Thus, omitting "is equal to", that today we prefer to class among the logical notions, the primitive notions of "number", "one", "successor" are undefined.

The arithmetical axioms are :

$1 \in \mathbb N$ : $1$ is a number

$a \in \mathbb N \to a+1 \in \mathbb N$ : the successor of any number is a number

$a,b \in \mathbb N \to (a=b \leftrightarrow a+1 = b+1)$ : two numbers are equal iff their successors are equal

$a \in \mathbb N \to \lnot (a + 1 = 1)$ : $1$ is not the successor of any number

and the induction axiom.

One can make either choice: interpreting the Peano axioms as (1) assertions about actual numbers of which we have some prior knowledge, or (2) a list of axioms for a logical theory, in which it's as good to call an element a widget as a number. In case (2) we have to explain why in the world we picked these particular axioms, and the explanation is that the axioms abstract certain properties of real-world objects we repeatedly observe. On the other hand many people have been suspicious about the kind of assertion in (1) that we can have direct, pre-logical knowledge of the natural numbers, in which case a more formal approach such as (2) is called for.

• If you start by denying that we have any pre-logical knowledge of the natural numbers, you're going to have a difficult time making sense out of axioms like every number has exactly one successor''. – WillO Mar 24 '15 at 3:22
• @WillO to defend a position to which I do not adhere: Perhaps one could have prior knowledge of some particular numbers without claiming any knowledge about an arbitrary number, or about the collection of all numbers. – Kevin Arlin Mar 24 '15 at 8:03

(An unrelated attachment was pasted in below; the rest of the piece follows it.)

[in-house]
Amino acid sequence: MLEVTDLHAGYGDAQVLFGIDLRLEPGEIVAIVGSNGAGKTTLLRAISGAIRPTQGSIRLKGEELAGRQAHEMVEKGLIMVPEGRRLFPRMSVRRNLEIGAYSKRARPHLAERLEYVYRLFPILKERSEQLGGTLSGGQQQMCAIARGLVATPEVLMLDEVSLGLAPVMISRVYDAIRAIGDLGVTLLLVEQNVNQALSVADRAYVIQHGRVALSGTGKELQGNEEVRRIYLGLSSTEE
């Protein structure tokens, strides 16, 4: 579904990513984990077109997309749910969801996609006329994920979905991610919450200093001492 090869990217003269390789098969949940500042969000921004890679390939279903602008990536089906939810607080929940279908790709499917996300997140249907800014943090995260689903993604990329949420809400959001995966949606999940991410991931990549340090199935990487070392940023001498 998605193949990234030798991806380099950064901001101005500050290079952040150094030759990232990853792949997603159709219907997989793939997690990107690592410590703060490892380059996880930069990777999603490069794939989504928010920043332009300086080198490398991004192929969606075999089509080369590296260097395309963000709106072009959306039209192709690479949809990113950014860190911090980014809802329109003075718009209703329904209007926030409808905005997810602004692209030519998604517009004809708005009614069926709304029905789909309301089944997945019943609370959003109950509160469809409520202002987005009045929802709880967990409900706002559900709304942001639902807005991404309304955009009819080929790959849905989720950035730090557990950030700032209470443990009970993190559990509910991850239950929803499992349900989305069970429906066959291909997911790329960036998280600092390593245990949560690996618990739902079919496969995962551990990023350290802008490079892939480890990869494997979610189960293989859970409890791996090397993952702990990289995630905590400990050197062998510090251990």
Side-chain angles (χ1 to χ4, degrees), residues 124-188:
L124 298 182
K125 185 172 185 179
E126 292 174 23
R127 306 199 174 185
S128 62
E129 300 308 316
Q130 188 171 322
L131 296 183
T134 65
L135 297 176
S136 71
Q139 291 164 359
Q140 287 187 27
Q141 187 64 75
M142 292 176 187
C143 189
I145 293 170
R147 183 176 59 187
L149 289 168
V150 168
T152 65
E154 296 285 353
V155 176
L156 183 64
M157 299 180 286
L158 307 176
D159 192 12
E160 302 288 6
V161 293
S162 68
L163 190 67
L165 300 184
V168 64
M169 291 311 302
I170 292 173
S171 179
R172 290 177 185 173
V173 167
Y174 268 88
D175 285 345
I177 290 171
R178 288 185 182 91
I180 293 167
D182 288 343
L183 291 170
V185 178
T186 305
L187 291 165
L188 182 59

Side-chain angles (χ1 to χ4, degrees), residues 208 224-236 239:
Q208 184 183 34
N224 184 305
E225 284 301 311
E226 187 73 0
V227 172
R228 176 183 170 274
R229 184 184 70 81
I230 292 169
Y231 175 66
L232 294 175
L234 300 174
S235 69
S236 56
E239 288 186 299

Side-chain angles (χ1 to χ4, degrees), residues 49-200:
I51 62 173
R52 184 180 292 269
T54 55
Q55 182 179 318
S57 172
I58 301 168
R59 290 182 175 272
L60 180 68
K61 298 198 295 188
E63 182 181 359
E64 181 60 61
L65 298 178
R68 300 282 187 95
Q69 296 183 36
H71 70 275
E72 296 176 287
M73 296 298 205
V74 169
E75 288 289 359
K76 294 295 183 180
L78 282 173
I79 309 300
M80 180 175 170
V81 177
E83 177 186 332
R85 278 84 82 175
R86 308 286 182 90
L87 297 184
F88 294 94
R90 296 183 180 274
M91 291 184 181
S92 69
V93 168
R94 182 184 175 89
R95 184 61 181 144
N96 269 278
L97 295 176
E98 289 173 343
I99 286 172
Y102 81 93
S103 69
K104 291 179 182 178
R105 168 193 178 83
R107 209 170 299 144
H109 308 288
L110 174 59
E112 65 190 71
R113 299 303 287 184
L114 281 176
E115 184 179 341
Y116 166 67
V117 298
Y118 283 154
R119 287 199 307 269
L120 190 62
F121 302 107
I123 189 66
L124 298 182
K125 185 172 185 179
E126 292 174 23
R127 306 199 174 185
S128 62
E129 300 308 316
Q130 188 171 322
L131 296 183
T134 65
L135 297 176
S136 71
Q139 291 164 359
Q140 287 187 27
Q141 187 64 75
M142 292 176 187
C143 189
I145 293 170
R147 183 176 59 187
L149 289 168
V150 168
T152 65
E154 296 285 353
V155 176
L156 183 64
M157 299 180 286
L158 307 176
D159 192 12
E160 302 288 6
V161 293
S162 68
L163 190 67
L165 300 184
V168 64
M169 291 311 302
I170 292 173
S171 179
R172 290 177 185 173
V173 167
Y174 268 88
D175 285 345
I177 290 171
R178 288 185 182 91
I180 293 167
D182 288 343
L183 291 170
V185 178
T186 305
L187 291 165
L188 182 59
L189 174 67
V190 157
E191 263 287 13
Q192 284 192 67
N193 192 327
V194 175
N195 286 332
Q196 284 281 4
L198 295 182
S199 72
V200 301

• @KevinCarlson: To attack your defence of a position to which you do not adhere: We could have only prior knowledge of finitely many 'numbers', whatever they may be, and have to resort to philosophical induction or mathematical induction to infer the axiom of induction. That's circular. =) – user21820 Apr 22 '15 at 13:59
• @user21820 Of course one proposes the Peano axioms via inductive reasoning. There's nothing circular about using real-world understanding of induction to write down a mathematical axiom modeling it. – Kevin Arlin Apr 22 '15 at 17:46
• @KevinCarlson: Yep. My comment was merely to emphasize the fact that we cannot arrive at the induction axiom without any pre-logical knowledge of induction itself and the 'fact' that natural numbers are closed under the successor operation. (For induction we don't need distinct successors.) – user21820 Apr 23 '15 at 2:26